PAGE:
- Letter to the Editor
- Open Access
Refractory necrotizing scleritis successfully treated with adalimumab
© The Author(s). 2016
- Received: 12 April 2016
- Accepted: 29 September 2016
- Published: 12 October 2016
Necrotizing scleritis is the most severe and destructive form of scleritis with vision-threatening sequelae. It is divided into with inflammation and without inflammation (scleromalacia perforans). Adalimumab is a tumour necrosis factor (TNF)-inhibiting anti-inflammatory medication licensed for the treatment of rheumatoid and psoriatic arthritis, ankylosing spondylitis and inflammatory bowel disease (in the USA). We report two cases of necrotizing scleritis successfully treated with adalimumab.
- Necrotizing scleritis
- TNF inhibitors
A 40-year-old lady presented with a history of scleritis for which she was on oral prednisolone for over 1 year with doses ranging from 10 to 80 mg per day. She had pain and discomfort. Her visual acuity was 6/6 and posterior segment was normal. Examination revealed an area of scleral necrosis.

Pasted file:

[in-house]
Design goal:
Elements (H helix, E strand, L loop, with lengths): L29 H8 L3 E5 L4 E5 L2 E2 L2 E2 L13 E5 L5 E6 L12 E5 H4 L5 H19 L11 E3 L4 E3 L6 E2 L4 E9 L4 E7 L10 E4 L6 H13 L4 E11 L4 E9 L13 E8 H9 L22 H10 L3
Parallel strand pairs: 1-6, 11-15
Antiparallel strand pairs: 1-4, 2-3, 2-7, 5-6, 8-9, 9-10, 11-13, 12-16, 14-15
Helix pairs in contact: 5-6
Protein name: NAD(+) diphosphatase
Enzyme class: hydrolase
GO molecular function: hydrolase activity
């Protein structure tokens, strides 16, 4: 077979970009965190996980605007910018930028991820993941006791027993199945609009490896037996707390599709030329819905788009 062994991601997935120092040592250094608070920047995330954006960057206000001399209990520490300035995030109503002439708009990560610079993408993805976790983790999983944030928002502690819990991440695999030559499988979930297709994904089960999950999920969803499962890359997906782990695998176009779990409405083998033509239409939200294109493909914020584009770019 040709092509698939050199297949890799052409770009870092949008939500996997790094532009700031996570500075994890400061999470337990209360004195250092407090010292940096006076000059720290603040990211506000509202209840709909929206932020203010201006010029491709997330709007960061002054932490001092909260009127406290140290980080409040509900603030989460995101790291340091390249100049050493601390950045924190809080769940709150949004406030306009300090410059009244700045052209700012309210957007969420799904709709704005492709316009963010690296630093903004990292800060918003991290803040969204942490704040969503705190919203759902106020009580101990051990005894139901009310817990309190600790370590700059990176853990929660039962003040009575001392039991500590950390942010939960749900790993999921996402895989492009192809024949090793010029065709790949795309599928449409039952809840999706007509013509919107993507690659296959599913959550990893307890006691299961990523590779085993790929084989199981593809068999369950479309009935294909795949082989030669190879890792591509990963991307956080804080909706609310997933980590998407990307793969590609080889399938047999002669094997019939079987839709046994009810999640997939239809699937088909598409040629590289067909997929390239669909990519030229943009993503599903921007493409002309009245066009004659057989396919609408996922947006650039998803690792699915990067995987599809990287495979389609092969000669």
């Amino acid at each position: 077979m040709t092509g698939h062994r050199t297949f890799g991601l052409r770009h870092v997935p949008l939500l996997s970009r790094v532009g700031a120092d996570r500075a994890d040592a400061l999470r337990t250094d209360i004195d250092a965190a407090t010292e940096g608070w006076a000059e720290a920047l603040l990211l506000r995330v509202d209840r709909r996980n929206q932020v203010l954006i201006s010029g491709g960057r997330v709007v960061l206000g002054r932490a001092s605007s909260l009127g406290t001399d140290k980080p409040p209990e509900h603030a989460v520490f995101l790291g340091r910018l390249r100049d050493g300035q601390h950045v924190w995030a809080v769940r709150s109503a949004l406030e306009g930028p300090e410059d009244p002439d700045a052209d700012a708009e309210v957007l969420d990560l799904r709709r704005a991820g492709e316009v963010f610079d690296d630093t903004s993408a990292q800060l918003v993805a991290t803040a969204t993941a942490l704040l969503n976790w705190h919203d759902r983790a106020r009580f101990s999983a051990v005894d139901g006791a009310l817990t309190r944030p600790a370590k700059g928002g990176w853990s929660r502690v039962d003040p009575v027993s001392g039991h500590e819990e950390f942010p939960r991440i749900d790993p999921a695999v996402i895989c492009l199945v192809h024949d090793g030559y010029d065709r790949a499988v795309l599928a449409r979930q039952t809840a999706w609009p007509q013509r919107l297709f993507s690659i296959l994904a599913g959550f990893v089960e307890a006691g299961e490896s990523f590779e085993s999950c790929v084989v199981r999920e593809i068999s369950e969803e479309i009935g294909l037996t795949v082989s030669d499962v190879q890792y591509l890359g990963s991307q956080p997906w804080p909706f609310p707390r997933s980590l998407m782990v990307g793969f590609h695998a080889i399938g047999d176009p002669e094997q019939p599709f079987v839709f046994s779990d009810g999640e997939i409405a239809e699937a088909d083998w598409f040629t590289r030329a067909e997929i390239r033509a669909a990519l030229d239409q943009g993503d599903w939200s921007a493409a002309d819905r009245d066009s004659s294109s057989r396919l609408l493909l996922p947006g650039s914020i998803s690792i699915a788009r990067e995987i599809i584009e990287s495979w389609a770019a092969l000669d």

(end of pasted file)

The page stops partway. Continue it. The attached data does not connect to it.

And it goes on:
As her scleritis was active, she was commenced on prednisolone 80 mg and mycophenolate mofetil (MMF) (Cellcept) 500 mg BD, increasing to 750 mg BD. However, she had severe gastric discomfort and nausea and was unable to continue with MMF. She was subsequently put on tacrolimus (Prograf) 7.5 mg but developed nausea and lethargy on this. She was unable to reduce oral steroids whilst oral immunosuppression was tried. She was then started on adalimumab (Humira) subcutaneous 40 mg fortnightly and methotrexate 12.5 mg OD and achieved resolution and control of scleral necrosis after 4 weeks. During the course of treatment, she developed one episode of gastroenteritis during which she missed her Humira. At 9-month follow-up, the disease has remained quiet on two weekly subcutaneous adalimumab treatments.
Side effects during treatment included one episode of shingles.
Necrotizing scleritis represents 10–15 % of cases of anterior scleritis and is the most severe . Left untreated, necrotizing scleritis has a rapid and destructive course that can be sight threatening.